I grew up not far from WWT Slimbridge and have fond memories of visits to the centre with my family and on school trips, from a young age. I have been interested in wildlife for as long as I can remember but my passion for birds in particular, really kick-started during my time volunteering alongside the reserve team at Slimbridge following my university studies. I really enjoyed my time at Bristol University where I obtained a BSc Honours in Biology. I have always had a caring instinct, my father always thought a career in nursing would follow for me. I suppose my current role at WWT is not far from this, providing care for the captive spoon-billed sandpipers and godwit chicks for Project Godwit, prior to their release. As well as a keenness for birds and other wildlife, I also enjoy playing netball, walking and travelling the world.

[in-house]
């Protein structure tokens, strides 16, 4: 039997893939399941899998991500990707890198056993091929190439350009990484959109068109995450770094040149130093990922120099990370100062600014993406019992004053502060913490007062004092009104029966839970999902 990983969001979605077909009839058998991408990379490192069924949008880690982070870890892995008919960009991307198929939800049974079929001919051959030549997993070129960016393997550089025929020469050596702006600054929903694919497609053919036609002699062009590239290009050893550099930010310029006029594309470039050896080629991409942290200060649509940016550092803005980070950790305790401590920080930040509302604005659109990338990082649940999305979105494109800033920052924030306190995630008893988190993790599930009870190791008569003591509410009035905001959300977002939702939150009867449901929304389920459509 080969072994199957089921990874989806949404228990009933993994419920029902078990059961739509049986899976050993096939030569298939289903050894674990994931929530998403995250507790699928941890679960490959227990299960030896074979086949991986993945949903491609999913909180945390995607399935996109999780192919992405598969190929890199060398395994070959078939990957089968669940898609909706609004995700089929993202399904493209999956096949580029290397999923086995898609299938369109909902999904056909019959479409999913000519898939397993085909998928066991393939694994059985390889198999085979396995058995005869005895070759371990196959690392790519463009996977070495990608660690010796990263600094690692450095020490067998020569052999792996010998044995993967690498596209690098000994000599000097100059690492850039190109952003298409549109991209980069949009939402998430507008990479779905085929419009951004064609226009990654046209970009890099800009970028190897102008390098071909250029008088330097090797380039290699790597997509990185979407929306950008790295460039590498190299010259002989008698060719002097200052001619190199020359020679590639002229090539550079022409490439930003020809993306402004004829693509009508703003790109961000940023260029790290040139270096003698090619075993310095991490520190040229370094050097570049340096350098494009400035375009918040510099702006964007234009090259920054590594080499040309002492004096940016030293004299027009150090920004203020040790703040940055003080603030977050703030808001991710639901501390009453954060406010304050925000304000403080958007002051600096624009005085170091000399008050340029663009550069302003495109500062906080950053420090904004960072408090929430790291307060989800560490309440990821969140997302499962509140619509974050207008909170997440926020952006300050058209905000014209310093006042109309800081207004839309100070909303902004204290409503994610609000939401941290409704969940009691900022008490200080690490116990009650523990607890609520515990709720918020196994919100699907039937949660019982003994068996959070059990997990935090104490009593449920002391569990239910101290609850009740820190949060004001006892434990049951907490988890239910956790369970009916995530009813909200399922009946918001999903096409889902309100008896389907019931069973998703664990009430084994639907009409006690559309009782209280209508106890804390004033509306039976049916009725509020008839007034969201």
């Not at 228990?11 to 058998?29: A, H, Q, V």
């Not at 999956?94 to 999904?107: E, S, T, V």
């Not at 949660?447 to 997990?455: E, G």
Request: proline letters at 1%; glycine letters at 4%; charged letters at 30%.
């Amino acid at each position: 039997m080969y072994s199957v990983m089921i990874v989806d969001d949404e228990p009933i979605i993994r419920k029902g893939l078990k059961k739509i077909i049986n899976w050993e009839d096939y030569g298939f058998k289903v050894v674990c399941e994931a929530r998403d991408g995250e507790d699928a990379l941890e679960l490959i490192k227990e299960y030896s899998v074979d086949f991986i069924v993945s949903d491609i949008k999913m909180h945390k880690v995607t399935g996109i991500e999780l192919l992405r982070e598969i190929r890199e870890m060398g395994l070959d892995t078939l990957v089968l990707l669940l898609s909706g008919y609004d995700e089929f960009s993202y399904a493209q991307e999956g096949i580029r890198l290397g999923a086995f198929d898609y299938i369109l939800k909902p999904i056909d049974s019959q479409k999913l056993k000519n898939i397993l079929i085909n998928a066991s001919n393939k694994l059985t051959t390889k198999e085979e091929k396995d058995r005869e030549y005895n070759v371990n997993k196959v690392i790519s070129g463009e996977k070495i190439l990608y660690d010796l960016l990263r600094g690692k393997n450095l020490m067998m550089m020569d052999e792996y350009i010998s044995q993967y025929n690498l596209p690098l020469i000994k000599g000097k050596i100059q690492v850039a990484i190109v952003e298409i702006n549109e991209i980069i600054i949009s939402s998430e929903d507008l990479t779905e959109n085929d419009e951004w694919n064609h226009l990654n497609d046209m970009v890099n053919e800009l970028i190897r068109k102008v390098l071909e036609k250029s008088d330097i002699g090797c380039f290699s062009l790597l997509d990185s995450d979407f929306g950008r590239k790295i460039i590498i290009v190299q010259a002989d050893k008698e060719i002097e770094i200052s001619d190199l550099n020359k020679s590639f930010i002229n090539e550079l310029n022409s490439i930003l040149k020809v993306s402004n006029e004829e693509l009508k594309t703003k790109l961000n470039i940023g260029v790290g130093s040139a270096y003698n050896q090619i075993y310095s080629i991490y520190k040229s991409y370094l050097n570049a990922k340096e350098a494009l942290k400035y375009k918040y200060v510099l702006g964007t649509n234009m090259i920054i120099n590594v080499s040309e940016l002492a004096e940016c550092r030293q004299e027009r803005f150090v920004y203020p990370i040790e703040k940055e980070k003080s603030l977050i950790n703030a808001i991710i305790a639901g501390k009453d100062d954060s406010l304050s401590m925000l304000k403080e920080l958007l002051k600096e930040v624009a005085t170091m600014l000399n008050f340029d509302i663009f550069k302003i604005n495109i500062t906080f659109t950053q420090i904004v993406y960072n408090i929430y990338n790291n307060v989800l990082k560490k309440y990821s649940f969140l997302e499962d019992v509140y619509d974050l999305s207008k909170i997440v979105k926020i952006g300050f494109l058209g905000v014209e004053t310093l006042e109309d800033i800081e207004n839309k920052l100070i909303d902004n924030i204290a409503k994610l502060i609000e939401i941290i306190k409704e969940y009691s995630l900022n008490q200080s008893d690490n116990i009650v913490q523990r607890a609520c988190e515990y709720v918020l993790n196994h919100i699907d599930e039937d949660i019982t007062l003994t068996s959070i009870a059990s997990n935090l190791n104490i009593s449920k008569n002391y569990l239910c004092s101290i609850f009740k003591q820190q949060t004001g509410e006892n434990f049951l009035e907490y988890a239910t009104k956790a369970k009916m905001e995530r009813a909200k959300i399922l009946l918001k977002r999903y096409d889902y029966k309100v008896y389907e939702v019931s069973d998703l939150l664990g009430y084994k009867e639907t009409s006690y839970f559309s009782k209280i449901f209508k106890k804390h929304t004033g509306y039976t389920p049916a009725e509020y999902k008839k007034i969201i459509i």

In 2011, I was part of the Great Crane Project team, assisting with the specialised costume-rearing of Eurasian cranes for release, in Somerset.
Following this I joined the conservation breeding unit, as main carer to the captive spoon-billed sandpiper population at Slimbridge and played a key role in successfully hatching and rearing 17 spoon-billed sandpipers in 2012. In 2013, I was a member of the expedition team responsible for headstarting spoon-billed sandpipers in Chukotka, arctic Russia.
In 2017, I began my role as lead aviculturalist on Project Godwit, the 2017-21 EU Life Project to headstart black-tailed godwits at WWT Welney. Since 2017, 112 birds have been released and the number of pairs at the Ouse washes has increased from three to twelve. Released birds have returned each year following the initial release, and successful nesting has been observed.